COVID-19 check in:
Not a lot of news in the small cities of the American South. We are moving slightly slower than the rest of the country, but we are following the lead of the big cities. We are not yet seeing many people staying at home, but school has been cancelled for at least two weeks. Some businesses are limiting their hours, some shelves in the grocery stores are empty (yes, especially toilet paper), and some businesses are feeling the pinch as people stop going out as much.
As I work for the schools, I have lowered risk of exposure now that the students aren't attending, but at this point we are having "teacher work days". This means I show up, try to find enough paperwork and planning to fill my time, and have enough contact with coworkers to maintain exposure risk. No clear cases have been identified in town, although there are unsubstantiated rumors that the local hospital has seen some cases.
Meanwhile, our kids are stuck at "home"... which means, in a low-income neighborhood where parents can't take time off work, the kids are spending time with whatever grandparents, friends, aunts and uncles, and siblings that can take them. Parents don't get to choose what is best for their family (unless the choice is unemployment or putting their support system at risk). And since most things are not shut down, and because we now have children moving through more households, we can expect to see Covid-19 to continue to spread, without any direction from informed decision-making targeted at protecting the vulnerable. Yay!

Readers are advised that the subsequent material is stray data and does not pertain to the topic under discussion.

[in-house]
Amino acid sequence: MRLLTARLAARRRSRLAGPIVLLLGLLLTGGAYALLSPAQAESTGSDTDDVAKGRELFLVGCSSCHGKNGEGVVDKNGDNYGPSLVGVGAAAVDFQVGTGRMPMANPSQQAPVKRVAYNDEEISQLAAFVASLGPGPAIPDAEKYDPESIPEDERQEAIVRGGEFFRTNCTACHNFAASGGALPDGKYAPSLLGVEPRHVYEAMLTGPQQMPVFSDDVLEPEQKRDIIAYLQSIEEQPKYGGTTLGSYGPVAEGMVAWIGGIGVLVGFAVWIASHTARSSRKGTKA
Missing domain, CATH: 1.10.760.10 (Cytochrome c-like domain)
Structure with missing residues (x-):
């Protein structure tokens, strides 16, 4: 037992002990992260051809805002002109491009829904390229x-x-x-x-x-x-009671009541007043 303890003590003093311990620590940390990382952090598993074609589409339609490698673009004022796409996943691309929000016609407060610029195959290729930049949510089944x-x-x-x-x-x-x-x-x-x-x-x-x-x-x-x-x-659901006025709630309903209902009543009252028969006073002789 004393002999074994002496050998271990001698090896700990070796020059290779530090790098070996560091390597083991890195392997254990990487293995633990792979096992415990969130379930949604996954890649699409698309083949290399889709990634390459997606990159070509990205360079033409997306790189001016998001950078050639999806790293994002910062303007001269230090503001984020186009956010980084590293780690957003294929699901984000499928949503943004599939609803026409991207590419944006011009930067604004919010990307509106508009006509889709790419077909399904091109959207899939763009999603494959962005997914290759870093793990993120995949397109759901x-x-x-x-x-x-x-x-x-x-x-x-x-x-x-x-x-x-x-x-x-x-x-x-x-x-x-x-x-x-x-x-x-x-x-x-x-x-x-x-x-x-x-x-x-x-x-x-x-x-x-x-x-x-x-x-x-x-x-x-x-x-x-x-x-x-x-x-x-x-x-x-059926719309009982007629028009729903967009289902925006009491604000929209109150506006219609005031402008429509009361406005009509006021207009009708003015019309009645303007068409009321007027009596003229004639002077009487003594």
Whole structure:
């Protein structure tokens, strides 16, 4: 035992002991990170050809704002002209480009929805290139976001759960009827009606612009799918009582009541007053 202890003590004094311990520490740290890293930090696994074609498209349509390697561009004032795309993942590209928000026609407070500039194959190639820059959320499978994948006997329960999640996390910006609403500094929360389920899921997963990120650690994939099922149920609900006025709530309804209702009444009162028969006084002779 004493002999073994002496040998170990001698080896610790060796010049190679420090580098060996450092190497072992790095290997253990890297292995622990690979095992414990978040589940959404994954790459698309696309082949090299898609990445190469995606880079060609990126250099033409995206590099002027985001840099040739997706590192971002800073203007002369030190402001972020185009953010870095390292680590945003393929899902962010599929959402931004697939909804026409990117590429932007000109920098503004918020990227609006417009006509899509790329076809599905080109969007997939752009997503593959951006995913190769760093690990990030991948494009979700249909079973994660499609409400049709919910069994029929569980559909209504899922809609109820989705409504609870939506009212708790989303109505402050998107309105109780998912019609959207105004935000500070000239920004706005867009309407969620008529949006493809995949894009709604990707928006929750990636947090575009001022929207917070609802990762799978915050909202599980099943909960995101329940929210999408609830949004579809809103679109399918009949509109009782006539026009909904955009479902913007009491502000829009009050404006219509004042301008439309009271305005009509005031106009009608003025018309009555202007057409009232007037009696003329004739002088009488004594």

If it does come down to it, I can easily lock myself away for a month without starving or running out of reading material. My guess is that we aren't going to go down into a real lockdown, and I will get sick when the kids come back to school, whenever that is. I am not a high-risk patient, though, and don't expect that getting sick will mean much more than another two weeks off work :-/